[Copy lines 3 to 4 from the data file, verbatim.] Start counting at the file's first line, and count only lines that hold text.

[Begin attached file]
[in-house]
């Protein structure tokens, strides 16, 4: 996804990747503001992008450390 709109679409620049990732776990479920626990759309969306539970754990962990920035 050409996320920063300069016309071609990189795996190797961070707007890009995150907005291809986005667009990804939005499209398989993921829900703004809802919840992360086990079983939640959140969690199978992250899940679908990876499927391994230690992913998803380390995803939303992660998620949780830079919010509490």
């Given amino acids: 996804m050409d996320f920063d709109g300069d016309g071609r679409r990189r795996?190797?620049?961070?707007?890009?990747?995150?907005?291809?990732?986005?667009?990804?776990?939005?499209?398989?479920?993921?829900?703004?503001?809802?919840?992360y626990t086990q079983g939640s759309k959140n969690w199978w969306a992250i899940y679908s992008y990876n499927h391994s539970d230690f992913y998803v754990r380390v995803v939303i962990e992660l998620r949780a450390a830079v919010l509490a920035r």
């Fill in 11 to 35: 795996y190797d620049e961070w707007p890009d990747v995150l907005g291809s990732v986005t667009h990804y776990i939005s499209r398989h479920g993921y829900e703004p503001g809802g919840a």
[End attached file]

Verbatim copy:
């Given amino acids: 996804m050409d996320f920063d709109g300069d016309g071609r679409r990189r795996?190797?620049?961070?707007?890009?990747?995150?907005?291809?990732?986005?667009?990804?776990?939005?499209?398989?479920?993921?829900?703004?503001?809802?919840?992360y626990t086990q079983g939640s759309k959140n969690w199978w969306a992250i899940y679908s992008y990876n499927h391994s539970d230690f992913y998803v754990r380390v995803v939303i962990e992660l998620r949780a450390a830079v919010l509490a920035r």
């Fill in 11 to 35: 795996y190797d620049e961070w707007p890009d990747v995150l907005g291809s990732v986005t667009h990804y776990i939005s499209r398989h479920g993921y829900e703004p503001g809802g919840a």